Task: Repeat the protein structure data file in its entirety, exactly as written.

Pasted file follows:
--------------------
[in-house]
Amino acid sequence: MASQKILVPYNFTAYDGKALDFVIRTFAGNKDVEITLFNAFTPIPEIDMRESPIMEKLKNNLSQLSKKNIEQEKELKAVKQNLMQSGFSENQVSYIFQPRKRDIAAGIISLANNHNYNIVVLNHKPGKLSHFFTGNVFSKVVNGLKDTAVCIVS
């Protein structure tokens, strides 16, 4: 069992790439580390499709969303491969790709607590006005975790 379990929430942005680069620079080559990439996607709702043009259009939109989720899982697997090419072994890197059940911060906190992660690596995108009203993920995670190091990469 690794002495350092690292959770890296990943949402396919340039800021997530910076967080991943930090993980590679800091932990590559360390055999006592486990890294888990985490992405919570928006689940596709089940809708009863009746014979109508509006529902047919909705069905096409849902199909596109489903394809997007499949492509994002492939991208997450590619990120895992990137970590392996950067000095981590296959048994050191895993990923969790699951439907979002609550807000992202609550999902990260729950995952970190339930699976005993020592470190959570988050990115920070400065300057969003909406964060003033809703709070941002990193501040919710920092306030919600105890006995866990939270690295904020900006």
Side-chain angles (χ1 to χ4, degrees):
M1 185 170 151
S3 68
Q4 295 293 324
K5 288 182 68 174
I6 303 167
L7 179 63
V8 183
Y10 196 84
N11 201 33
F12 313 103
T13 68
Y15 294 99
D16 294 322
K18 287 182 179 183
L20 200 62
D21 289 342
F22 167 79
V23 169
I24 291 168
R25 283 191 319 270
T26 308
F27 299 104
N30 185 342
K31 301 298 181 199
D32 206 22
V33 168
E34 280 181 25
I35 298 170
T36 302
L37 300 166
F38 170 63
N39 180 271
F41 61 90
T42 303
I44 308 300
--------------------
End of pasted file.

[in-house]
Amino acid sequence: MASQKILVPYNFTAYDGKALDFVIRTFAGNKDVEITLFNAFTPIPEIDMRESPIMEKLKNNLSQLSKKNIEQEKELKAVKQNLMQSGFSENQVSYIFQPRKRDIAAGIISLANNHNYNIVVLNHKPGKLSHFFTGNVFSKVVNGLKDTAVCIVS
């Protein structure tokens, strides 16, 4: 069992790439580390499709969303491969790709607590006005975790 379990929430942005680069620079080559990439996607709702043009259009939109989720899982697997090419072994890197059940911060906190992660690596995108009203993920995670190091990469 690794002495350092690292959770890296990943949402396919340039800021997530910076967080991943930090993980590679800091932990590559360390055999006592486990890294888990985490992405919570928006689940596709089940809708009863009746014979109508509006529902047919909705069905096409849902199909596109489903394809997007499949492509994002492939991208997450590619990120895992990137970590392996950067000095981590296959048994050191895993990923969790699951439907979002609550807000992202609550999902990260729950995952970190339930699976005993020592470190959570988050990115920070400065300057969003909406964060003033809703709070941002990193501040919710920092306030919600105890006995866990939270690295904020900006």
Side-chain angles (χ1 to χ4, degrees):
M1 185 170 151
S3 68
Q4 295 293 324
K5 288 182 68 174
I6 303 167
L7 179 63
V8 183
Y10 196 84
N11 201 33
F12 313 103
T13 68
Y15 294 99
D16 294 322
K18 287 182 179 183
L20 200 62
D21 289 342
F22 167 79
V23 169
I24 291 168
R25 283 191 319 270
T26 308
F27 299 104
N30 185 342
K31 301 298 181 199
D32 206 22
V33 168
E34 280 181 25
I35 298 170
T36 302
L37 300 166
F38 170 63
N39 180 271
F41 61 90
T42 303
I44 308 300